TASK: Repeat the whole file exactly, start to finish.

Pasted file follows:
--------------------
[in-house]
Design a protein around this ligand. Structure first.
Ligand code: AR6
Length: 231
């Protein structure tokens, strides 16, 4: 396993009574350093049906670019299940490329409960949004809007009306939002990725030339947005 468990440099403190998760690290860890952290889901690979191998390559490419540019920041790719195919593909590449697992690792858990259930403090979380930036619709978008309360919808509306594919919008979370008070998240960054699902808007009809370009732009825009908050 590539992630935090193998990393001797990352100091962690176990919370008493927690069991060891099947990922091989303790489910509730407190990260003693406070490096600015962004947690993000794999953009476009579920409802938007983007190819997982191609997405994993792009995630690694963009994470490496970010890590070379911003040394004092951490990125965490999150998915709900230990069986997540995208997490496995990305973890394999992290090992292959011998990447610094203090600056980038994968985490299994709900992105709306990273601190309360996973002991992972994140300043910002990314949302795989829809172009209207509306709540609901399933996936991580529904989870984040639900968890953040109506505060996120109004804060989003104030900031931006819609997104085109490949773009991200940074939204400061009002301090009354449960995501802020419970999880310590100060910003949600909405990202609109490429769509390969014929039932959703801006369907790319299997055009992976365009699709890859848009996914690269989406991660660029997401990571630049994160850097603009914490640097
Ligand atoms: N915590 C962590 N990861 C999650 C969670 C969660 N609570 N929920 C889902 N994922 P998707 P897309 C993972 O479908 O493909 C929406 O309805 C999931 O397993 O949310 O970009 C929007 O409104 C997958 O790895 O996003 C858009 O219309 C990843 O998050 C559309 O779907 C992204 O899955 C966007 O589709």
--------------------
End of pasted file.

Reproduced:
[in-house]
Design a protein around this ligand. Structure first.
Ligand code: AR6
Length: 231
């Protein structure tokens, strides 16, 4: 396993009574350093049906670019299940490329409960949004809007009306939002990725030339947005 468990440099403190998760690290860890952290889901690979191998390559490419540019920041790719195919593909590449697992690792858990259930403090979380930036619709978008309360919808509306594919919008979370008070998240960054699902808007009809370009732009825009908050 590539992630935090193998990393001797990352100091962690176990919370008493927690069991060891099947990922091989303790489910509730407190990260003693406070490096600015962004947690993000794999953009476009579920409802938007983007190819997982191609997405994993792009995630690694963009994470490496970010890590070379911003040394004092951490990125965490999150998915709900230990069986997540995208997490496995990305973890394999992290090992292959011998990447610094203090600056980038994968985490299994709900992105709306990273601190309360996973002991992972994140300043910002990314949302795989829809172009209207509306709540609901399933996936991580529904989870984040639900968890953040109506505060996120109004804060989003104030900031931006819609997104085109490949773009991200940074939204400061009002301090009354449960995501802020419970999880310590100060910003949600909405990202609109490429769509390969014929039932959703801006369907790319299997055009992976365009699709890859848009996914690269989406991660660029997401990571630049994160850097603009914490640097
Ligand atoms: N915590 C962590 N990861 C999650 C969670 C969660 N609570 N929920 C889902 N994922 P998707 P897309 C993972 O479908 O493909 C929406 O309805 C999931 O397993 O949310 O970009 C929007 O409104 C997958 O790895 O996003 C858009 O219309 C990843 O998050 C559309 O779907 C992204 O899955 C966007 O589709």